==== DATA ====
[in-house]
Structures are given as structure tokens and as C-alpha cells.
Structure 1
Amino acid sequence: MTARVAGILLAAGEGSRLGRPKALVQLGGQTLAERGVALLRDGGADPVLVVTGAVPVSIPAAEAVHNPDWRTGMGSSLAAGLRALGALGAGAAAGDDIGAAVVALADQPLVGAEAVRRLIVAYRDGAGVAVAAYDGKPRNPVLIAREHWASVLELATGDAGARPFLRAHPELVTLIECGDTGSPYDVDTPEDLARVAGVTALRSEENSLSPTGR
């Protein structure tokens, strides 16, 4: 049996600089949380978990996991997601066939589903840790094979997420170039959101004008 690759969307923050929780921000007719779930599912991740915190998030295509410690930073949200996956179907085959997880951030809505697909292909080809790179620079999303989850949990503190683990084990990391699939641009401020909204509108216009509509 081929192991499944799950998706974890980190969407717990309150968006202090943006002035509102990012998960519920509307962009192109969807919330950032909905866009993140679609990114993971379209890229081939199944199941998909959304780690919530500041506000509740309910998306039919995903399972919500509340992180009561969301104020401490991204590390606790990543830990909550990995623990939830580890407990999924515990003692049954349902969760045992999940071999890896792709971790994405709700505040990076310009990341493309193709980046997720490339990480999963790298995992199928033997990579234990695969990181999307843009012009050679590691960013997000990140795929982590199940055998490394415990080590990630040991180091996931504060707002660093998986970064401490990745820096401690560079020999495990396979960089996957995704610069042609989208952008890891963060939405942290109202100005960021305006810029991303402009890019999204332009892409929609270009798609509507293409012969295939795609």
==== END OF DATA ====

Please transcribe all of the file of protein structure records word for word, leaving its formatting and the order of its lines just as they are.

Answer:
[in-house]
Structures are given as structure tokens and as C-alpha cells.
Structure 1
Amino acid sequence: MTARVAGILLAAGEGSRLGRPKALVQLGGQTLAERGVALLRDGGADPVLVVTGAVPVSIPAAEAVHNPDWRTGMGSSLAAGLRALGALGAGAAAGDDIGAAVVALADQPLVGAEAVRRLIVAYRDGAGVAVAAYDGKPRNPVLIAREHWASVLELATGDAGARPFLRAHPELVTLIECGDTGSPYDVDTPEDLARVAGVTALRSEENSLSPTGR
């Protein structure tokens, strides 16, 4: 049996600089949380978990996991997601066939589903840790094979997420170039959101004008 690759969307923050929780921000007719779930599912991740915190998030295509410690930073949200996956179907085959997880951030809505697909292909080809790179620079999303989850949990503190683990084990990391699939641009401020909204509108216009509509 081929192991499944799950998706974890980190969407717990309150968006202090943006002035509102990012998960519920509307962009192109969807919330950032909905866009993140679609990114993971379209890229081939199944199941998909959304780690919530500041506000509740309910998306039919995903399972919500509340992180009561969301104020401490991204590390606790990543830990909550990995623990939830580890407990999924515990003692049954349902969760045992999940071999890896792709971790994405709700505040990076310009990341493309193709980046997720490339990480999963790298995992199928033997990579234990695969990181999307843009012009050679590691960013997000990140795929982590199940055998490394415990080590990630040991180091996931504060707002660093998986970064401490990745820096401690560079020999495990396979960089996957995704610069042609989208952008890891963060939405942290109202100005960021305006810029991303402009890019999204332009892409929609270009798609509507293409012969295939795609």